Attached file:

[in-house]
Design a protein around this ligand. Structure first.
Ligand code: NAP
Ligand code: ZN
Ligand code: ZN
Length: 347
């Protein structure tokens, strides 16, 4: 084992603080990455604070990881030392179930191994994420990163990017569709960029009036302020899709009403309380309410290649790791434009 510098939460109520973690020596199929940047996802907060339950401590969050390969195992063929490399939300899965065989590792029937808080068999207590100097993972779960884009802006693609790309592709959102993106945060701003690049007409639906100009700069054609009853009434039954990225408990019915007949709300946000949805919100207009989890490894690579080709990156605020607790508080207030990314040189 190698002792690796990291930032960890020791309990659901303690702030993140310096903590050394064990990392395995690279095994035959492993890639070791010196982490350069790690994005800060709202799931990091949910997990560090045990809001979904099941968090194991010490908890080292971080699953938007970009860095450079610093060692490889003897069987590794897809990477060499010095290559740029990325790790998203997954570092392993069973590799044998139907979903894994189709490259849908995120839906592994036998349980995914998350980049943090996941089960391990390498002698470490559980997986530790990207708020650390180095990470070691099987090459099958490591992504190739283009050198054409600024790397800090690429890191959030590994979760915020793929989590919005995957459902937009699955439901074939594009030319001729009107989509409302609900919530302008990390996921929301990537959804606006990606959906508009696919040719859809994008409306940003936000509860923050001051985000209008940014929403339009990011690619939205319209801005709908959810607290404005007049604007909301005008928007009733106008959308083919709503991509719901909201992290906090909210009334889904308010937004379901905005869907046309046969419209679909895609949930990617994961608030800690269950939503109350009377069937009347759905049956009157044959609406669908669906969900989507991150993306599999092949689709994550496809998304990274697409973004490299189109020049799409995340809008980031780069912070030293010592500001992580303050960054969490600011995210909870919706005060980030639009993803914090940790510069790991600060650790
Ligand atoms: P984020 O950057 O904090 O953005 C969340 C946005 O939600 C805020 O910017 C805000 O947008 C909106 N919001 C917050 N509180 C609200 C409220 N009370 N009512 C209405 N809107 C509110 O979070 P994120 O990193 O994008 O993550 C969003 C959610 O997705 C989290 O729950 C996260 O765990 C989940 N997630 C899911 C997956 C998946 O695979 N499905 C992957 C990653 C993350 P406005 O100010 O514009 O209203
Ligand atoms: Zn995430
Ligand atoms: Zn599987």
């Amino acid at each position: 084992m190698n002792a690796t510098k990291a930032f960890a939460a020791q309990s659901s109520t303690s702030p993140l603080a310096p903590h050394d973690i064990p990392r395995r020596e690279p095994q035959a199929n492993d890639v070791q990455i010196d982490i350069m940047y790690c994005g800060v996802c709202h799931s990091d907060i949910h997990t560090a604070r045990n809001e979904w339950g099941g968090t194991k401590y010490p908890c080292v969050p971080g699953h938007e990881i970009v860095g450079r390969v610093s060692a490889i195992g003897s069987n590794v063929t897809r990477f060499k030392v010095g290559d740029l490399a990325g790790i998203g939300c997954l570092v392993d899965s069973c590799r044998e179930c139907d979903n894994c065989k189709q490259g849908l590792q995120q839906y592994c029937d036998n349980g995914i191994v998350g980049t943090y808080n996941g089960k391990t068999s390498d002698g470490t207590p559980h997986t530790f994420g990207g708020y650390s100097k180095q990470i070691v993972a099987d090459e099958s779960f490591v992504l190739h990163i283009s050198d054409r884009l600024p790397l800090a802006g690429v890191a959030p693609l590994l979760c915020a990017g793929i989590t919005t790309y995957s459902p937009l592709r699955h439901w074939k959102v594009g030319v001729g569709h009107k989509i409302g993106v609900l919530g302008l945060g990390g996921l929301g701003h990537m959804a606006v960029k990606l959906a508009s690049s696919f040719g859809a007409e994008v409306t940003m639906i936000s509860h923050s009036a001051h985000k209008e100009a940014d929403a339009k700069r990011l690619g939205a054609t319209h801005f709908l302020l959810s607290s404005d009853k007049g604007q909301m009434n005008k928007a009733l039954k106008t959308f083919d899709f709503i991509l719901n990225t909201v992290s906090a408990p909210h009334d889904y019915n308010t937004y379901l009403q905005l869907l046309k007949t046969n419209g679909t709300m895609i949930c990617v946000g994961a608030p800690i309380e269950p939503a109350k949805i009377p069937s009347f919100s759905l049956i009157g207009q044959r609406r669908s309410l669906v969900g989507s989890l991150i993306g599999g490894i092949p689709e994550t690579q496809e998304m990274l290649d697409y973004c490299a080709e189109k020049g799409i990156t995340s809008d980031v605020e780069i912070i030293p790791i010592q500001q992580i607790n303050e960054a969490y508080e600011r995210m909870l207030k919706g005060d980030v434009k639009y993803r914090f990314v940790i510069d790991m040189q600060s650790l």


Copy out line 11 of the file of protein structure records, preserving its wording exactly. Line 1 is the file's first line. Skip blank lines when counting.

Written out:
């Amino acid at each position: 084992m190698n002792a690796t510098k990291a930032f960890a939460a020791q309990s659901s109520t303690s702030p993140l603080a310096p903590h050394d973690i064990p990392r395995r020596e690279p095994q035959a199929n492993d890639v070791q990455i010196d982490i350069m940047y790690c994005g800060v996802c709202h799931s990091d907060i949910h997990t560090a604070r045990n809001e979904w339950g099941g968090t194991k401590y010490p908890c080292v969050p971080g699953h938007e990881i970009v860095g450079r390969v610093s060692a490889i195992g003897s069987n590794v063929t897809r990477f060499k030392v010095g290559d740029l490399a990325g790790i998203g939300c997954l570092v392993d899965s069973c590799r044998e179930c139907d979903n894994c065989k189709q490259g849908l590792q995120q839906y592994c029937d036998n349980g995914i191994v998350g980049t943090y808080n996941g089960k391990t068999s390498d002698g470490t207590p559980h997986t530790f994420g990207g708020y650390s100097k180095q990470i070691v993972a099987d090459e099958s779960f490591v992504l190739h990163i283009s050198d054409r884009l600024p790397l800090a802006g690429v890191a959030p693609l590994l979760c915020a990017g793929i989590t919005t790309y995957s459902p937009l592709r699955h439901w074939k959102v594009g030319v001729g569709h009107k989509i409302g993106v609900l919530g302008l945060g990390g996921l929301g701003h990537m959804a606006v960029k990606l959906a508009s690049s696919f040719g859809a007409e994008v409306t940003m639906i936000s509860h923050s009036a001051h985000k209008e100009a940014d929403a339009k700069r990011l690619g939205a054609t319209h801005f709908l302020l959810s607290s404005d009853k007049g604007q909301m009434n005008k928007a009733l039954k106008t959308f083919d899709f709503i991509l719901n990225t909201v992290s906090a408990p909210h009334d889904y019915n308010t937004y379901l009403q905005l869907l046309k007949t046969n419209g679909t709300m895609i949930c990617v946000g994961a608030p800690i309380e269950p939503a109350k949805i009377p069937s009347f919100s759905l049956i009157g207009q044959r609406r669908s309410l669906v969900g989507s989890l991150i993306g599999g490894i092949p689709e994550t690579q496809e998304m990274l290649d697409y973004c490299a080709e189109k020049g799409i990156t995340s809008d980031v605020e780069i912070i030293p790791i010592q500001q992580i607790n303050e960054a969490y508080e600011r995210m909870l207030k919706g005060d980030v434009k639009y993803r914090f990314v940790i510069d790991m040189q600060s650790l």